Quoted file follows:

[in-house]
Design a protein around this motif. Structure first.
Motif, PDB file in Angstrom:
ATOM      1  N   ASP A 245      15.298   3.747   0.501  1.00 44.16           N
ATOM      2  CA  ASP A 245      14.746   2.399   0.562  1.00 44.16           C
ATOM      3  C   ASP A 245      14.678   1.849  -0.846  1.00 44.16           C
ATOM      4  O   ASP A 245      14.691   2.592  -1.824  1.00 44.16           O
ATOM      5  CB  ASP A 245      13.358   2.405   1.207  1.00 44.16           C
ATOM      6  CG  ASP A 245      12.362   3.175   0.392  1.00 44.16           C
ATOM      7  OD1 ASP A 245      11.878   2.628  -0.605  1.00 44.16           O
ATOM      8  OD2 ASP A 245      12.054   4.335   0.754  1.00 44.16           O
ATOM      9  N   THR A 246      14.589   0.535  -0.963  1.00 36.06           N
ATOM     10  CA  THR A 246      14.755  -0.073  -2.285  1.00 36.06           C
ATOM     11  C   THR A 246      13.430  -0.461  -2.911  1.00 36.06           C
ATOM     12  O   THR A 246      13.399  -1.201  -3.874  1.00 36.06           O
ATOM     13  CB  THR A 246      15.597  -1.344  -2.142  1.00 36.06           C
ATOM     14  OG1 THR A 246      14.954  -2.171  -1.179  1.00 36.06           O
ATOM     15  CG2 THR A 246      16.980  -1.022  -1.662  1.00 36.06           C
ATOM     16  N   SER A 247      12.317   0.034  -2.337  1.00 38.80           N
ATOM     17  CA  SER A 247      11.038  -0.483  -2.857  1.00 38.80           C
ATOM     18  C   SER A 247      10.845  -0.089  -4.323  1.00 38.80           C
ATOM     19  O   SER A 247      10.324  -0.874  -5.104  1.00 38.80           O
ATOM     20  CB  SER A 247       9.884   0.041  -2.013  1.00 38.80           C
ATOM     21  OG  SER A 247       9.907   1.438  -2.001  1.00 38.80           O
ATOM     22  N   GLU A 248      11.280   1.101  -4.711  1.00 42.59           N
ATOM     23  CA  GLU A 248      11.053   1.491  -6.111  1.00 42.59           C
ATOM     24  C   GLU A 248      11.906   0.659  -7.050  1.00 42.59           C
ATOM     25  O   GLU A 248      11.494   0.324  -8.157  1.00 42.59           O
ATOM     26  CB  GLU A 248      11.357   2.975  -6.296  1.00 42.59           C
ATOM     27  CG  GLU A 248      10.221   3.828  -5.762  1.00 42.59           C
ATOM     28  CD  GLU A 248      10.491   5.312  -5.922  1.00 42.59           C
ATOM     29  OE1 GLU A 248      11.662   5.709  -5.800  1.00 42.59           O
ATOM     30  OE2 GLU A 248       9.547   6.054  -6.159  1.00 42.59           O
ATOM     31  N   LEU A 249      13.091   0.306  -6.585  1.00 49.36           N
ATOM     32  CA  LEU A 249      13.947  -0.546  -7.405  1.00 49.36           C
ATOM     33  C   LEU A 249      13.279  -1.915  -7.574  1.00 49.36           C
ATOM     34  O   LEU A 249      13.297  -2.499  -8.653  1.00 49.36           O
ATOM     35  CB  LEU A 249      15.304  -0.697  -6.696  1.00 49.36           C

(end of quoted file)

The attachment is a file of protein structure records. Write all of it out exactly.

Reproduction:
[in-house]
Design a protein around this motif. Structure first.
Motif, PDB file in Angstrom:
ATOM      1  N   ASP A 245      15.298   3.747   0.501  1.00 44.16           N
ATOM      2  CA  ASP A 245      14.746   2.399   0.562  1.00 44.16           C
ATOM      3  C   ASP A 245      14.678   1.849  -0.846  1.00 44.16           C
ATOM      4  O   ASP A 245      14.691   2.592  -1.824  1.00 44.16           O
ATOM      5  CB  ASP A 245      13.358   2.405   1.207  1.00 44.16           C
ATOM      6  CG  ASP A 245      12.362   3.175   0.392  1.00 44.16           C
ATOM      7  OD1 ASP A 245      11.878   2.628  -0.605  1.00 44.16           O
ATOM      8  OD2 ASP A 245      12.054   4.335   0.754  1.00 44.16           O
ATOM      9  N   THR A 246      14.589   0.535  -0.963  1.00 36.06           N
ATOM     10  CA  THR A 246      14.755  -0.073  -2.285  1.00 36.06           C
ATOM     11  C   THR A 246      13.430  -0.461  -2.911  1.00 36.06           C
ATOM     12  O   THR A 246      13.399  -1.201  -3.874  1.00 36.06           O
ATOM     13  CB  THR A 246      15.597  -1.344  -2.142  1.00 36.06           C
ATOM     14  OG1 THR A 246      14.954  -2.171  -1.179  1.00 36.06           O
ATOM     15  CG2 THR A 246      16.980  -1.022  -1.662  1.00 36.06           C
ATOM     16  N   SER A 247      12.317   0.034  -2.337  1.00 38.80           N
ATOM     17  CA  SER A 247      11.038  -0.483  -2.857  1.00 38.80           C
ATOM     18  C   SER A 247      10.845  -0.089  -4.323  1.00 38.80           C
ATOM     19  O   SER A 247      10.324  -0.874  -5.104  1.00 38.80           O
ATOM     20  CB  SER A 247       9.884   0.041  -2.013  1.00 38.80           C
ATOM     21  OG  SER A 247       9.907   1.438  -2.001  1.00 38.80           O
ATOM     22  N   GLU A 248      11.280   1.101  -4.711  1.00 42.59           N
ATOM     23  CA  GLU A 248      11.053   1.491  -6.111  1.00 42.59           C
ATOM     24  C   GLU A 248      11.906   0.659  -7.050  1.00 42.59           C
ATOM     25  O   GLU A 248      11.494   0.324  -8.157  1.00 42.59           O
ATOM     26  CB  GLU A 248      11.357   2.975  -6.296  1.00 42.59           C
ATOM     27  CG  GLU A 248      10.221   3.828  -5.762  1.00 42.59           C
ATOM     28  CD  GLU A 248      10.491   5.312  -5.922  1.00 42.59           C
ATOM     29  OE1 GLU A 248      11.662   5.709  -5.800  1.00 42.59           O
ATOM     30  OE2 GLU A 248       9.547   6.054  -6.159  1.00 42.59           O
ATOM     31  N   LEU A 249      13.091   0.306  -6.585  1.00 49.36           N
ATOM     32  CA  LEU A 249      13.947  -0.546  -7.405  1.00 49.36           C
ATOM     33  C   LEU A 249      13.279  -1.915  -7.574  1.00 49.36           C
ATOM     34  O   LEU A 249      13.297  -2.499  -8.653  1.00 49.36           O
ATOM     35  CB  LEU A 249      15.304  -0.697  -6.696  1.00 49.36           C